Wednesday, July 8, 2009

Fixed gear bikes Banned in Berlin?

Fixies are a pain in Grandpa Bostonist's neck. Fixies are European fixed gear racing bikes that don't have back brakes, designed to teach racers "pedal discipline" in the velodrome. On the clogged streets of the big city, however, they are little more than a pathetic compensatory status marker—the bicycle equivalent of a sports car. They are bikes for racing, not for getting around.

And, just like their automotive cousins, fixies are dangerous. Imagine, for the moment, that you're in Cambridge's Central Square. Picture yourself in a crosswalk or, worse, a sidewalk. What is that you see, out of the corner of your eye, barreling toward you? Yes, it is an out-of-control fixie piloted by a rider who does not know how to stop it. And, hark! What did you hear? You're right. That was the sound of the selfsame cyclist chastising you for not getting out of his way.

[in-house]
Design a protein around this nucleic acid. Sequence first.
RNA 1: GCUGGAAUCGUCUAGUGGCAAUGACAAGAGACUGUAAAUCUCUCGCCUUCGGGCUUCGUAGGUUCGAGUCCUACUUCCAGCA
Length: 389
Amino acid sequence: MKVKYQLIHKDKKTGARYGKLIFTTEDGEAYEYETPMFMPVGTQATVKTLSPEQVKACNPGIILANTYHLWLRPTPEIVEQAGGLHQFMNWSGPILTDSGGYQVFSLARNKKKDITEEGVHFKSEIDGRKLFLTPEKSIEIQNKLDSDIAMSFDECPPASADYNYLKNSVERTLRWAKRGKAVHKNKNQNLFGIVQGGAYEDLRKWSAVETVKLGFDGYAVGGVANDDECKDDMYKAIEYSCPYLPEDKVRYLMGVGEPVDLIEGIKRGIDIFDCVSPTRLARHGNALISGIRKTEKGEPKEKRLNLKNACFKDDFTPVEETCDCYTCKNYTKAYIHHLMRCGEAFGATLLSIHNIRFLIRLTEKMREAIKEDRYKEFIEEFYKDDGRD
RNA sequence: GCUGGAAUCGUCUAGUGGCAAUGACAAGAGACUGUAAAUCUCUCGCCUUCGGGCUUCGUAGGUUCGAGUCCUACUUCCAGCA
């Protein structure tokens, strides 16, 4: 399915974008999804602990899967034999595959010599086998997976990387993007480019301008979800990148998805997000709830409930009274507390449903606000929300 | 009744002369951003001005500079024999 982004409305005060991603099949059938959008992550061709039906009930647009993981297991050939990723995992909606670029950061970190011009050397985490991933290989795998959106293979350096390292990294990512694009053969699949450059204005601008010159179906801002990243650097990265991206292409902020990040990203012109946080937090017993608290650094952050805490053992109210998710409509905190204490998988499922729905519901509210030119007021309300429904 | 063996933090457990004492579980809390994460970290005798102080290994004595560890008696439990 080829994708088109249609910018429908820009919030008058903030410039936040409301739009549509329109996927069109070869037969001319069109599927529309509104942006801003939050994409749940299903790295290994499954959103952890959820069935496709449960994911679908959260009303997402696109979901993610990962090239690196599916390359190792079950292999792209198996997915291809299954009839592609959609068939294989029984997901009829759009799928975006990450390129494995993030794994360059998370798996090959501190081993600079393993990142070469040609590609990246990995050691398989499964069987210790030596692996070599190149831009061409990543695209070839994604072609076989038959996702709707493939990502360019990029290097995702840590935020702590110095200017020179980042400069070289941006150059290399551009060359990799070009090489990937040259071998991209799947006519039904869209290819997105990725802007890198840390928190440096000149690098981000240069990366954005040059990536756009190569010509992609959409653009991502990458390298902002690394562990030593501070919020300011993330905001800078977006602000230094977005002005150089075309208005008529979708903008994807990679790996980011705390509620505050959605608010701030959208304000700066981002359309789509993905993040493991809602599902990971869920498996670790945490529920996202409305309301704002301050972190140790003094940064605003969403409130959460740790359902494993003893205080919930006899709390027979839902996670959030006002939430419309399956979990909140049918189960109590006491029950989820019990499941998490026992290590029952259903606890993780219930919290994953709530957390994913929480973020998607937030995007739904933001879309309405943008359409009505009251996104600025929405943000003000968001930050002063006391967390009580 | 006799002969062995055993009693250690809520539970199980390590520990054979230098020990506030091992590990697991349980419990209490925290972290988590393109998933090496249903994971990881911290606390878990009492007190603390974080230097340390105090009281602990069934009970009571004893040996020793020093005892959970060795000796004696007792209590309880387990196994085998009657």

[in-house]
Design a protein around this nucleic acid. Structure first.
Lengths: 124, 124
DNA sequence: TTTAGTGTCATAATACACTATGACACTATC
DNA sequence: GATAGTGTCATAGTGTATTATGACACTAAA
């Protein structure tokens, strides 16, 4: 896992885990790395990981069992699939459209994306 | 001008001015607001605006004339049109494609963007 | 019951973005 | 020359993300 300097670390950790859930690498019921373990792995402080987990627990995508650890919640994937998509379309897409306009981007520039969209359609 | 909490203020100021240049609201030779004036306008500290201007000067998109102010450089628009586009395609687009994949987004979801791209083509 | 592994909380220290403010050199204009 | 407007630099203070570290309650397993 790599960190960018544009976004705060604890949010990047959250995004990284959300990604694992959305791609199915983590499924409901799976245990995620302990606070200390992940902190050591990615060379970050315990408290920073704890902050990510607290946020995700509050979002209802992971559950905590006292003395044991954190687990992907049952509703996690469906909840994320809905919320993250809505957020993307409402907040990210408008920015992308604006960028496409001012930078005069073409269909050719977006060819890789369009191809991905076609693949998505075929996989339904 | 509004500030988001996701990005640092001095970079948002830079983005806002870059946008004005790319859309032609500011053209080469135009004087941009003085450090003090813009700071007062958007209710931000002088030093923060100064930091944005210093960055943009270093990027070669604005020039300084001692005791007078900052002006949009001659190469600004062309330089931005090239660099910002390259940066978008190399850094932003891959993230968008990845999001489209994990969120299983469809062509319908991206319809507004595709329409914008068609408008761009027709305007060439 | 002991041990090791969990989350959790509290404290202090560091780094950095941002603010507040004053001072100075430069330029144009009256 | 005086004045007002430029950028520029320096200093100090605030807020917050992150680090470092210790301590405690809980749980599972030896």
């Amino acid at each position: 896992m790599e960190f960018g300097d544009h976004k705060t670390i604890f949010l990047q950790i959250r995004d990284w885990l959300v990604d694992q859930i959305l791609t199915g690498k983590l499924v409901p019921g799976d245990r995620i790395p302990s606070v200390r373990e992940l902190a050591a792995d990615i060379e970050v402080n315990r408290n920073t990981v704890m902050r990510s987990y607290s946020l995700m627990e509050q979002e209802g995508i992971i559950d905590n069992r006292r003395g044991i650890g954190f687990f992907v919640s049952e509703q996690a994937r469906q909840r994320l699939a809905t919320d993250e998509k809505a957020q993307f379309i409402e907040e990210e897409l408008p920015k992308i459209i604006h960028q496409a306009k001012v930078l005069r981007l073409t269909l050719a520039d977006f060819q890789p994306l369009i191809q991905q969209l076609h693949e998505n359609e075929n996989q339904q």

In order to bike without gears or brakes, fixie riders have to conserve an awful lot of momentum. And that means that they don't stop at stop lights or stop signs; they cruise through busy crosswalks; and, because riding a fixie is So Hard, they disdain anybody who dares to travel the earth by any means other than a fixie. And that doesn't even broach the subject of bike helmets.

Yes, fixie riders, we realize that you aren't all like that. But enough of you are that Berlin, Germany has banned your bike. We're hoping that this is only stage one of a full public health intervention and that the fixie will soon go the way of smoking in bars and eating trans fat in donuts.


Wow this is interesting. Any thoughts?

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